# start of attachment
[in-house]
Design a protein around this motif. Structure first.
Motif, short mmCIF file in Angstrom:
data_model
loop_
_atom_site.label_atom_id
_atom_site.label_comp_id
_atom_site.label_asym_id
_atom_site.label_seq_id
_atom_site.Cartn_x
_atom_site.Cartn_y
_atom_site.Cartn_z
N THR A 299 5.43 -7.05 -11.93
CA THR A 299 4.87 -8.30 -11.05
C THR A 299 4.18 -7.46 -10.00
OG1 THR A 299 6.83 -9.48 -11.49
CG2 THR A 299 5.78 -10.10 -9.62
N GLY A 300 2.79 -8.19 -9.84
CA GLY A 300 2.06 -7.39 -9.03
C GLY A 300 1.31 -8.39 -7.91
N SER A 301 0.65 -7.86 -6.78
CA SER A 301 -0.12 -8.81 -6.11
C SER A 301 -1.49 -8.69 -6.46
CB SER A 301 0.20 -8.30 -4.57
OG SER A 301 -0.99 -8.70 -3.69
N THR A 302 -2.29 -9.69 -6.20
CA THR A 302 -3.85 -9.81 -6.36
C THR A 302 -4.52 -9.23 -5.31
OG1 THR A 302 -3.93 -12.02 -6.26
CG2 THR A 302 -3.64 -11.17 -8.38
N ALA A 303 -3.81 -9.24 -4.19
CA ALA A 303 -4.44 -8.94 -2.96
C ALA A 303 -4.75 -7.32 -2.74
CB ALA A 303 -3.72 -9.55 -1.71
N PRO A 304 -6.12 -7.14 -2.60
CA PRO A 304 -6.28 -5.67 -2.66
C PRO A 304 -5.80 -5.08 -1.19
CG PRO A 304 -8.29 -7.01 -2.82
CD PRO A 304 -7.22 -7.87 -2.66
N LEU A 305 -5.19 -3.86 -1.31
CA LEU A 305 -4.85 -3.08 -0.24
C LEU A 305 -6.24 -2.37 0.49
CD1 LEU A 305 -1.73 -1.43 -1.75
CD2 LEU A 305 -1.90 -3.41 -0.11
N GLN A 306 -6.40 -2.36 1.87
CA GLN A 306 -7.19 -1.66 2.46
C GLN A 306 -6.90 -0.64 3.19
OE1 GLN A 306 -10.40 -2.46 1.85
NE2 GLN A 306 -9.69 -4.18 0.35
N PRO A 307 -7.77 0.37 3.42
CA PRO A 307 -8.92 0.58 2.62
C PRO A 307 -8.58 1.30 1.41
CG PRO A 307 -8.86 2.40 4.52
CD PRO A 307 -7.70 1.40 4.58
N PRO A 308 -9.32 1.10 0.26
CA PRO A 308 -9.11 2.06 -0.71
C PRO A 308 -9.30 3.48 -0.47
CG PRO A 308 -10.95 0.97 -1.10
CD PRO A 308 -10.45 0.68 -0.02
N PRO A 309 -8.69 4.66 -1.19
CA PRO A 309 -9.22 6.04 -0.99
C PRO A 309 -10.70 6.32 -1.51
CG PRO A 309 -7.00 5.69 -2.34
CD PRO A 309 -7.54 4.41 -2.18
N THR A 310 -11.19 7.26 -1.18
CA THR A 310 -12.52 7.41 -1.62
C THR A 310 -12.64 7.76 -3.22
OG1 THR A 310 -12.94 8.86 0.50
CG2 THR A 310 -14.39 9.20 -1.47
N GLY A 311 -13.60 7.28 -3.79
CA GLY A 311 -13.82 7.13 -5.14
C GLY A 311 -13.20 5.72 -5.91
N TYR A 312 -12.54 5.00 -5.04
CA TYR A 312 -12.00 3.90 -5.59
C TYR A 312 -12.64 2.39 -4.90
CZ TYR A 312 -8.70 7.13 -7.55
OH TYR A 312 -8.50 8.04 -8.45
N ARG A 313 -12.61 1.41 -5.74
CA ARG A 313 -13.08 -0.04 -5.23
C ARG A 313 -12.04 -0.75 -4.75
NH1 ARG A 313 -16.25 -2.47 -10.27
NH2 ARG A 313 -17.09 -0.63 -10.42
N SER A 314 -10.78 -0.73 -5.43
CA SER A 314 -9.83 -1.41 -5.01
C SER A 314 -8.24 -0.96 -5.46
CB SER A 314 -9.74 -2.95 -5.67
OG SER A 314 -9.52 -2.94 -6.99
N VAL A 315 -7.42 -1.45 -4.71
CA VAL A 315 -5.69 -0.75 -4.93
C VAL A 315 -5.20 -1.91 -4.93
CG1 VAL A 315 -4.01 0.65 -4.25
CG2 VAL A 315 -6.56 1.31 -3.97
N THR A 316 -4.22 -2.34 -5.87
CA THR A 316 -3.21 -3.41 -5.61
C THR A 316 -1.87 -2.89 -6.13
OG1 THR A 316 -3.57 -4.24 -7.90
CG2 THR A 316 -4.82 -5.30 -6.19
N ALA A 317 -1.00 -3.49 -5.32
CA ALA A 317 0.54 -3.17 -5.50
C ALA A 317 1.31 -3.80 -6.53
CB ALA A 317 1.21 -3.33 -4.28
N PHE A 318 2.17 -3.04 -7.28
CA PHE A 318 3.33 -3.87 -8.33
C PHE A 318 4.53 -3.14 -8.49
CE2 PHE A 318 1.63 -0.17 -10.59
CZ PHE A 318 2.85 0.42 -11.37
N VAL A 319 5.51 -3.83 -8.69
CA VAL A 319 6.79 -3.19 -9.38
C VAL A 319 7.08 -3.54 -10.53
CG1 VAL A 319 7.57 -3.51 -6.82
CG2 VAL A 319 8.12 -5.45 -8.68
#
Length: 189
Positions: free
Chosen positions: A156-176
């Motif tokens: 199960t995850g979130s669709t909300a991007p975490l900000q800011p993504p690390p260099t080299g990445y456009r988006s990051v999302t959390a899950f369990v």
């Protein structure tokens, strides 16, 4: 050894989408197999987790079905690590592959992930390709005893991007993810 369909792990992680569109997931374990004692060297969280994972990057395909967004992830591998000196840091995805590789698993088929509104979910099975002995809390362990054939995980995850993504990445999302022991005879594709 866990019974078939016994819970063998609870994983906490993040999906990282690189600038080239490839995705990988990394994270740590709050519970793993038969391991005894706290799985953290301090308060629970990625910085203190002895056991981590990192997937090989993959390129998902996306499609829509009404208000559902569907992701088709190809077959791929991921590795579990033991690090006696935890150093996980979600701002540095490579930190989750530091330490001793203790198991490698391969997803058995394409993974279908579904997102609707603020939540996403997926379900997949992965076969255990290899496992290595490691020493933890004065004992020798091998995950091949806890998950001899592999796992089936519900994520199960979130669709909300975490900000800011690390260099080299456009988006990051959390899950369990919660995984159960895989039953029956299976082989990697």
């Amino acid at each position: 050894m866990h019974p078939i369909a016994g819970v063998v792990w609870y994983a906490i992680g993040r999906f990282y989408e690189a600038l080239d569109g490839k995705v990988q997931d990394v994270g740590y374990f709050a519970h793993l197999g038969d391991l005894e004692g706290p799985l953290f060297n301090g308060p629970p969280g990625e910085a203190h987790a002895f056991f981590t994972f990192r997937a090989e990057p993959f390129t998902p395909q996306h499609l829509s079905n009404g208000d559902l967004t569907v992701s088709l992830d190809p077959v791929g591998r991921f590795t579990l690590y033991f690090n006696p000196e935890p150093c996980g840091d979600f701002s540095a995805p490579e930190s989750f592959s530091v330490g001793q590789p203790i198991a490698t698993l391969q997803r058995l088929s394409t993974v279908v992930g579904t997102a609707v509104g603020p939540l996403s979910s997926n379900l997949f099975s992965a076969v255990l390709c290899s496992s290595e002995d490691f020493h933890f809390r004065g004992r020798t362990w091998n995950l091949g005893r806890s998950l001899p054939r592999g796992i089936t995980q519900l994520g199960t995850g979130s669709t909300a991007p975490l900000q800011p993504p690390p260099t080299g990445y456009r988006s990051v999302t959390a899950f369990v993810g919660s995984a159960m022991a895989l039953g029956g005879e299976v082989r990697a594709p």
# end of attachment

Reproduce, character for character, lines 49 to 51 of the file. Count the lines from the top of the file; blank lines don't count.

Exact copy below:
NE2 GLN A 306 -9.69 -4.18 0.35
N PRO A 307 -7.77 0.37 3.42
CA PRO A 307 -8.92 0.58 2.62